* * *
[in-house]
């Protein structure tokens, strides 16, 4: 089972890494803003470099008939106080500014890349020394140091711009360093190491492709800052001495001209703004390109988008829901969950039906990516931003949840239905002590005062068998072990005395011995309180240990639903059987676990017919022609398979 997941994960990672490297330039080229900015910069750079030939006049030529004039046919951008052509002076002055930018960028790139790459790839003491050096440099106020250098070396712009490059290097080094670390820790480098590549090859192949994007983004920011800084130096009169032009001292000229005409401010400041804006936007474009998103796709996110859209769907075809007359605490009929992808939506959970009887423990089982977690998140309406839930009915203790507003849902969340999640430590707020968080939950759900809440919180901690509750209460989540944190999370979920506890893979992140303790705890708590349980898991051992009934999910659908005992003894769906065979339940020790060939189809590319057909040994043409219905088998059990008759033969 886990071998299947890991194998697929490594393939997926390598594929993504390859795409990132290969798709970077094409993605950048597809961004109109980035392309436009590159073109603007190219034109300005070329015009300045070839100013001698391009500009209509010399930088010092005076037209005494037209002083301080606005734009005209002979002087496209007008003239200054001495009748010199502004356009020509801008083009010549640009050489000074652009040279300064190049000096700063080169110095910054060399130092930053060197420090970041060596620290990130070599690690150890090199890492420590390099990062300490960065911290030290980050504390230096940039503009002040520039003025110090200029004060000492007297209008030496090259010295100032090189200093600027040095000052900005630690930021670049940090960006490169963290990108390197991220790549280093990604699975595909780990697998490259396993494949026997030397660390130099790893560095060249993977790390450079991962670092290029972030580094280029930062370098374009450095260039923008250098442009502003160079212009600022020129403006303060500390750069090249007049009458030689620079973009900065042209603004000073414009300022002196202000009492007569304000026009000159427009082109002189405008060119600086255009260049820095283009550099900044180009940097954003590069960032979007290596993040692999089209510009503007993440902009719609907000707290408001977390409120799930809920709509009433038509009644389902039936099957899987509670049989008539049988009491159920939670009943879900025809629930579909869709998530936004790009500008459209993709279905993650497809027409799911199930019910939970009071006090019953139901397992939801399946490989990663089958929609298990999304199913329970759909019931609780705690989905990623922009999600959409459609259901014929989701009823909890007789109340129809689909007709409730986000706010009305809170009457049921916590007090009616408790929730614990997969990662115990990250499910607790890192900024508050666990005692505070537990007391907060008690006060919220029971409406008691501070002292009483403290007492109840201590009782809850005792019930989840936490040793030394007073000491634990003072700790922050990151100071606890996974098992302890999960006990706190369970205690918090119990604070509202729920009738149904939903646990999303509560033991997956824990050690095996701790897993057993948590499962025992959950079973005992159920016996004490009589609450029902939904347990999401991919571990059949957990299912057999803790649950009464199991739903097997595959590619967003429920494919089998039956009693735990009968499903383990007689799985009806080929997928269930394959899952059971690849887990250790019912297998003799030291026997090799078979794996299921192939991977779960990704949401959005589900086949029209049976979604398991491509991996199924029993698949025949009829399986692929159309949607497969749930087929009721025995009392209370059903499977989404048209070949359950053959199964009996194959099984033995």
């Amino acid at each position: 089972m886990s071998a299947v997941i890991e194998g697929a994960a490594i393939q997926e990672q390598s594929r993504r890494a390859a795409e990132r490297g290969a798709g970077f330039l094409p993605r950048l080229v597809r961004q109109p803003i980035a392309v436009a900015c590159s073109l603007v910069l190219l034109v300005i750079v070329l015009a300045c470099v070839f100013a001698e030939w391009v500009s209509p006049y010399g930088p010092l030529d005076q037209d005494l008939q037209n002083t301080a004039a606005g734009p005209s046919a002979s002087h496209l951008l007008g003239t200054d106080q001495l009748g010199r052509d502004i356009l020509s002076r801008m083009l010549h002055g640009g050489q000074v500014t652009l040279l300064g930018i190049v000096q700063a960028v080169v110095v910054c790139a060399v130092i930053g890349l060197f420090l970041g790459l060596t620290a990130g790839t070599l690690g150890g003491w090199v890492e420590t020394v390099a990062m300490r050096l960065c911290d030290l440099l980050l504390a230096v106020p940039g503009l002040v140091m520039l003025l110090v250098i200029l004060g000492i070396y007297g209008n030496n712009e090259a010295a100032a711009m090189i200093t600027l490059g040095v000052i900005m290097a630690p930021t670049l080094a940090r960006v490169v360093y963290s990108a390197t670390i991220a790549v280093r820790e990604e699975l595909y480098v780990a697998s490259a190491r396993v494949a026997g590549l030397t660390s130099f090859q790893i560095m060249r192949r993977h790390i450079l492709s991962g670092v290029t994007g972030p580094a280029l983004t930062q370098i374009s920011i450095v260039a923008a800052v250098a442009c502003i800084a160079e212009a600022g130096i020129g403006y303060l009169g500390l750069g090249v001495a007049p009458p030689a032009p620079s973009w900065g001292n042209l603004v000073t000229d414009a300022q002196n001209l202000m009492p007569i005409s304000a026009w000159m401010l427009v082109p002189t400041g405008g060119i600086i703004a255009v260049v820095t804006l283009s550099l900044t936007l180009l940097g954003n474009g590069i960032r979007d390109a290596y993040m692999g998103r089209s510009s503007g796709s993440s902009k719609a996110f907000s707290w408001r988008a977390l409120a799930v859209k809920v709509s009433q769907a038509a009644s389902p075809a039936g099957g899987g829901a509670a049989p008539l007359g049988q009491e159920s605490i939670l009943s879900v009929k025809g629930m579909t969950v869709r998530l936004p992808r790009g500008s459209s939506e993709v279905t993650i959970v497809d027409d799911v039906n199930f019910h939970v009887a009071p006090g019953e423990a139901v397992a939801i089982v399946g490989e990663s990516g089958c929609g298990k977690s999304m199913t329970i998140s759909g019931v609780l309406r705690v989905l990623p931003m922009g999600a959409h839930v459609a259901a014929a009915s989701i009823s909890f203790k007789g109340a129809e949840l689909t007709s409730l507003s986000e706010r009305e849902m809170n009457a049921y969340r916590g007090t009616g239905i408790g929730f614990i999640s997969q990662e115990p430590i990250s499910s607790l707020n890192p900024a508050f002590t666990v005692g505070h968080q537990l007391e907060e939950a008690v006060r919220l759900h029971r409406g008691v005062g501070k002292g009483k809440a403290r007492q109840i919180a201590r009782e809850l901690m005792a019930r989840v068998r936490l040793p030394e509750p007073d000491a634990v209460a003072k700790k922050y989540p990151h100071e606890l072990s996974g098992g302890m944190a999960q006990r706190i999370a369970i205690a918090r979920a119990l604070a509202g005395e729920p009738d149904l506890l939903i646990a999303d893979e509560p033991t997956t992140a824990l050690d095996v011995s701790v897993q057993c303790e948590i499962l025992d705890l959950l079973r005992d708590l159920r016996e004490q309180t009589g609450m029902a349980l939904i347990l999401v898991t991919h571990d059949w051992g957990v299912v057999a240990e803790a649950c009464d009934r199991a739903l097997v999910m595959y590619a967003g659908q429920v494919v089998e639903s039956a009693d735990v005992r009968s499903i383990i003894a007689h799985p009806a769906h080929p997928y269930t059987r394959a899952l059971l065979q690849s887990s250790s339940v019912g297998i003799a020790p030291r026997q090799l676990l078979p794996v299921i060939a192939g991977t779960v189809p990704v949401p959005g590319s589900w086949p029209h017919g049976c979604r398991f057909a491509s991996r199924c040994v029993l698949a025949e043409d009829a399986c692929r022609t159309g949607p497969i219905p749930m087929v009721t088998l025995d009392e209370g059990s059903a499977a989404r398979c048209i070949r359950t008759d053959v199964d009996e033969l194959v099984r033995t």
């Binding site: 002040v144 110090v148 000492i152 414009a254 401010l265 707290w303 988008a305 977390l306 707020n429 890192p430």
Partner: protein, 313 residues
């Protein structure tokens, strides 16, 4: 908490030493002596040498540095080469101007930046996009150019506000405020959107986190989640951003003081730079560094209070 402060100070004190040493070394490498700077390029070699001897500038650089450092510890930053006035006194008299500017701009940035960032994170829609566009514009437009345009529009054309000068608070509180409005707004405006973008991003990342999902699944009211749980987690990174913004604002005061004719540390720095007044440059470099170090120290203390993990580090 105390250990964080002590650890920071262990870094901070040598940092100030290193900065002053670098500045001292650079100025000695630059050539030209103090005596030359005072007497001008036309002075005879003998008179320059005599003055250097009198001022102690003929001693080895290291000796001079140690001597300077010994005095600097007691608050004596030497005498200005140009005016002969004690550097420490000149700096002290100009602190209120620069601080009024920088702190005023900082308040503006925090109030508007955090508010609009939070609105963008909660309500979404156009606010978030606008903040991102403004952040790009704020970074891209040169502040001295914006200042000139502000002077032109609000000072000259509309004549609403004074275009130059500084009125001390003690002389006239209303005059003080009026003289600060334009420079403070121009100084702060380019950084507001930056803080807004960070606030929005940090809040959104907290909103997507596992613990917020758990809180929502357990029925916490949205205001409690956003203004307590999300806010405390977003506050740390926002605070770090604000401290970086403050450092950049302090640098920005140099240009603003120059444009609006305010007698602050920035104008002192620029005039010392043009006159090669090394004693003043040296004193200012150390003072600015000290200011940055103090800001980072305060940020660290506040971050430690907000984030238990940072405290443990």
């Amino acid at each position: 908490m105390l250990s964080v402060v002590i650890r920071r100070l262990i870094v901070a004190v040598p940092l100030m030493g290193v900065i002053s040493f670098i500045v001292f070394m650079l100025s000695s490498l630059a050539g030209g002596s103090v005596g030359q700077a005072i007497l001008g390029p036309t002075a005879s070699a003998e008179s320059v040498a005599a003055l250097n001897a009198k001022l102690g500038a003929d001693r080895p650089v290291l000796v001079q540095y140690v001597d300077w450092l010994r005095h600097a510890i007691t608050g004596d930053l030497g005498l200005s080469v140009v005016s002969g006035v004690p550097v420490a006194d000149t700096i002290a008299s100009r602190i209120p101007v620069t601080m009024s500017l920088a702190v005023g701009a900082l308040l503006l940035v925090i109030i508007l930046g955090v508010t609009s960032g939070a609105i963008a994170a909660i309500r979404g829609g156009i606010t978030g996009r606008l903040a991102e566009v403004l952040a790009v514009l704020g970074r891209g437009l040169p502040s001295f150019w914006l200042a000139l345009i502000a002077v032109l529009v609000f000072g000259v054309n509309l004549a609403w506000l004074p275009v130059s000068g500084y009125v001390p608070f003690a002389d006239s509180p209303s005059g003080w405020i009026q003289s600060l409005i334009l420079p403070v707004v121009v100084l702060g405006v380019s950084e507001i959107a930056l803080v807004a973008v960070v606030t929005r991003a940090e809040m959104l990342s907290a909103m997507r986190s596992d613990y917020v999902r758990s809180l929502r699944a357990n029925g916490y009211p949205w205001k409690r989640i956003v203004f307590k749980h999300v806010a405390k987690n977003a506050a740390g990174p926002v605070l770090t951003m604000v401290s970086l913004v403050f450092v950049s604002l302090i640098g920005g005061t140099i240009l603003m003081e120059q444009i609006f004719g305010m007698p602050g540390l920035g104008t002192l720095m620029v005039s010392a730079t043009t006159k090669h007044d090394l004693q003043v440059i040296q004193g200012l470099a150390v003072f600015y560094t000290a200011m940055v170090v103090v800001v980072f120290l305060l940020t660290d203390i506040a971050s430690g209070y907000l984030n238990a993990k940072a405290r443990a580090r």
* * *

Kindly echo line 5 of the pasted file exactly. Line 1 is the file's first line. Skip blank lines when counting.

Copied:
Partner: protein, 313 residues